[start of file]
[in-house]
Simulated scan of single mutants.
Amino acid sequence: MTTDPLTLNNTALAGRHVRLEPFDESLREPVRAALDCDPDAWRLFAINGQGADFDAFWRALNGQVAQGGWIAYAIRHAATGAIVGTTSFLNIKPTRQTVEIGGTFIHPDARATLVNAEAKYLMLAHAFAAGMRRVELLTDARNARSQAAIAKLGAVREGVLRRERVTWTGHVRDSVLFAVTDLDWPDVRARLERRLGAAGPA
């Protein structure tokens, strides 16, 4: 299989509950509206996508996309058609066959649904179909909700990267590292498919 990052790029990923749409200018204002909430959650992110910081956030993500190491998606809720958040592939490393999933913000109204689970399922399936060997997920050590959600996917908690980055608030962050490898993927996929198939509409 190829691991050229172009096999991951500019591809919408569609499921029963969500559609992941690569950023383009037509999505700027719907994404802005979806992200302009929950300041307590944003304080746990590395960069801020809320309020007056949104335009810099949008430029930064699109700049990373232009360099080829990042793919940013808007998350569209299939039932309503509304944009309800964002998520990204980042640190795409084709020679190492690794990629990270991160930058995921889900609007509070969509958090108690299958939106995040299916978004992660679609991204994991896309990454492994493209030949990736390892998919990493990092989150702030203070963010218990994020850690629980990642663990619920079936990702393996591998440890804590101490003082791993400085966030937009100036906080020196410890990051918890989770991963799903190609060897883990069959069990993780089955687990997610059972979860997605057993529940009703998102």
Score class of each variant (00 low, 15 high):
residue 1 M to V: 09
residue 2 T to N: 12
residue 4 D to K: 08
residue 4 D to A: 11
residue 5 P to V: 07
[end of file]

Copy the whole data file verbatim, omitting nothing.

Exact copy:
[in-house]
Simulated scan of single mutants.
Amino acid sequence: MTTDPLTLNNTALAGRHVRLEPFDESLREPVRAALDCDPDAWRLFAINGQGADFDAFWRALNGQVAQGGWIAYAIRHAATGAIVGTTSFLNIKPTRQTVEIGGTFIHPDARATLVNAEAKYLMLAHAFAAGMRRVELLTDARNARSQAAIAKLGAVREGVLRRERVTWTGHVRDSVLFAVTDLDWPDVRARLERRLGAAGPA
């Protein structure tokens, strides 16, 4: 299989509950509206996508996309058609066959649904179909909700990267590292498919 990052790029990923749409200018204002909430959650992110910081956030993500190491998606809720958040592939490393999933913000109204689970399922399936060997997920050590959600996917908690980055608030962050490898993927996929198939509409 190829691991050229172009096999991951500019591809919408569609499921029963969500559609992941690569950023383009037509999505700027719907994404802005979806992200302009929950300041307590944003304080746990590395960069801020809320309020007056949104335009810099949008430029930064699109700049990373232009360099080829990042793919940013808007998350569209299939039932309503509304944009309800964002998520990204980042640190795409084709020679190492690794990629990270991160930058995921889900609007509070969509958090108690299958939106995040299916978004992660679609991204994991896309990454492994493209030949990736390892998919990493990092989150702030203070963010218990994020850690629980990642663990619920079936990702393996591998440890804590101490003082791993400085966030937009100036906080020196410890990051918890989770991963799903190609060897883990069959069990993780089955687990997610059972979860997605057993529940009703998102």
Score class of each variant (00 low, 15 high):
residue 1 M to V: 09
residue 2 T to N: 12
residue 4 D to K: 08
residue 4 D to A: 11
residue 5 P to V: 07